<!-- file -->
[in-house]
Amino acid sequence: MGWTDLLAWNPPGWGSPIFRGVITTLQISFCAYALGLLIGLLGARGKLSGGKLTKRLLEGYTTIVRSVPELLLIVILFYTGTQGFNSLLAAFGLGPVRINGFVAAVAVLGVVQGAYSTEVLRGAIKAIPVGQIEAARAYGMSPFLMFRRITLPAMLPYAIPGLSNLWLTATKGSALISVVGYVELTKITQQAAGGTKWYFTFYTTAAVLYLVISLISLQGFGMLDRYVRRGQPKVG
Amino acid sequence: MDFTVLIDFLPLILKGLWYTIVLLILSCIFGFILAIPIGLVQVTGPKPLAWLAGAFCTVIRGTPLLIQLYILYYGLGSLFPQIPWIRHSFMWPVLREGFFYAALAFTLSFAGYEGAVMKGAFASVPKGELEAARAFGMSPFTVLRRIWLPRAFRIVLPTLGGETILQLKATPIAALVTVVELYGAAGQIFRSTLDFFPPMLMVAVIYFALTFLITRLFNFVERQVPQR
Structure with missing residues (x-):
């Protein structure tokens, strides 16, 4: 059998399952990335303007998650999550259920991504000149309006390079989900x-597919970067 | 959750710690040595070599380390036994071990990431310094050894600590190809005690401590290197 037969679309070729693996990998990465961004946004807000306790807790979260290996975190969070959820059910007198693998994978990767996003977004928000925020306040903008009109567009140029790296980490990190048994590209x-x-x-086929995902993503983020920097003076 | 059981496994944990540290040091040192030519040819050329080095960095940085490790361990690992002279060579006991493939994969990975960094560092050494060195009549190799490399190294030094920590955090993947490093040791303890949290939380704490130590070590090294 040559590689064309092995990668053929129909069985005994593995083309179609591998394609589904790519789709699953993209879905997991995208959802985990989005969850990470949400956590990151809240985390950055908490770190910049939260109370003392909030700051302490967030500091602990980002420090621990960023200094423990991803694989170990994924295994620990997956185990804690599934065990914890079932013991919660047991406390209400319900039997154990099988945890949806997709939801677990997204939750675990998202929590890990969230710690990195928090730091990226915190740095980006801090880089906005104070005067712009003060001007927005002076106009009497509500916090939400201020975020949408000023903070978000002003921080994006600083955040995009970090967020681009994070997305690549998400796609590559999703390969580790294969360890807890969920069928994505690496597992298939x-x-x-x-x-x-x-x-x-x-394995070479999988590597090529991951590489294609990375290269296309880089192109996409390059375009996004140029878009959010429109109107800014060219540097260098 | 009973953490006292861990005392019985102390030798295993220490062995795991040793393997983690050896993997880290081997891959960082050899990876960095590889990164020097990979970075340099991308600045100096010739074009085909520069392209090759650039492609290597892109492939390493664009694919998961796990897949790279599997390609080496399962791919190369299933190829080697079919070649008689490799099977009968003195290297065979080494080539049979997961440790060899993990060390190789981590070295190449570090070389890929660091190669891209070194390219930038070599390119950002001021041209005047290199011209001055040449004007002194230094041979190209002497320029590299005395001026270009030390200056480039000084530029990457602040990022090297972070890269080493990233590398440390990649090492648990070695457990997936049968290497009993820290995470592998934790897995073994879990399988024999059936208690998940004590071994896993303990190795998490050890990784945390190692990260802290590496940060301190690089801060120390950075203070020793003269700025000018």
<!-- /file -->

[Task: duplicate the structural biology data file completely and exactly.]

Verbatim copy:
[in-house]
Amino acid sequence: MGWTDLLAWNPPGWGSPIFRGVITTLQISFCAYALGLLIGLLGARGKLSGGKLTKRLLEGYTTIVRSVPELLLIVILFYTGTQGFNSLLAAFGLGPVRINGFVAAVAVLGVVQGAYSTEVLRGAIKAIPVGQIEAARAYGMSPFLMFRRITLPAMLPYAIPGLSNLWLTATKGSALISVVGYVELTKITQQAAGGTKWYFTFYTTAAVLYLVISLISLQGFGMLDRYVRRGQPKVG
Amino acid sequence: MDFTVLIDFLPLILKGLWYTIVLLILSCIFGFILAIPIGLVQVTGPKPLAWLAGAFCTVIRGTPLLIQLYILYYGLGSLFPQIPWIRHSFMWPVLREGFFYAALAFTLSFAGYEGAVMKGAFASVPKGELEAARAFGMSPFTVLRRIWLPRAFRIVLPTLGGETILQLKATPIAALVTVVELYGAAGQIFRSTLDFFPPMLMVAVIYFALTFLITRLFNFVERQVPQR
Structure with missing residues (x-):
């Protein structure tokens, strides 16, 4: 059998399952990335303007998650999550259920991504000149309006390079989900x-597919970067 | 959750710690040595070599380390036994071990990431310094050894600590190809005690401590290197 037969679309070729693996990998990465961004946004807000306790807790979260290996975190969070959820059910007198693998994978990767996003977004928000925020306040903008009109567009140029790296980490990190048994590209x-x-x-086929995902993503983020920097003076 | 059981496994944990540290040091040192030519040819050329080095960095940085490790361990690992002279060579006991493939994969990975960094560092050494060195009549190799490399190294030094920590955090993947490093040791303890949290939380704490130590070590090294 040559590689064309092995990668053929129909069985005994593995083309179609591998394609589904790519789709699953993209879905997991995208959802985990989005969850990470949400956590990151809240985390950055908490770190910049939260109370003392909030700051302490967030500091602990980002420090621990960023200094423990991803694989170990994924295994620990997956185990804690599934065990914890079932013991919660047991406390209400319900039997154990099988945890949806997709939801677990997204939750675990998202929590890990969230710690990195928090730091990226915190740095980006801090880089906005104070005067712009003060001007927005002076106009009497509500916090939400201020975020949408000023903070978000002003921080994006600083955040995009970090967020681009994070997305690549998400796609590559999703390969580790294969360890807890969920069928994505690496597992298939x-x-x-x-x-x-x-x-x-x-394995070479999988590597090529991951590489294609990375290269296309880089192109996409390059375009996004140029878009959010429109109107800014060219540097260098 | 009973953490006292861990005392019985102390030798295993220490062995795991040793393997983690050896993997880290081997891959960082050899990876960095590889990164020097990979970075340099991308600045100096010739074009085909520069392209090759650039492609290597892109492939390493664009694919998961796990897949790279599997390609080496399962791919190369299933190829080697079919070649008689490799099977009968003195290297065979080494080539049979997961440790060899993990060390190789981590070295190449570090070389890929660091190669891209070194390219930038070599390119950002001021041209005047290199011209001055040449004007002194230094041979190209002497320029590299005395001026270009030390200056480039000084530029990457602040990022090297972070890269080493990233590398440390990649090492648990070695457990997936049968290497009993820290995470592998934790897995073994879990399988024999059936208690998940004590071994896993303990190795998490050890990784945390190692990260802290590496940060301190690089801060120390950075203070020793003269700025000018």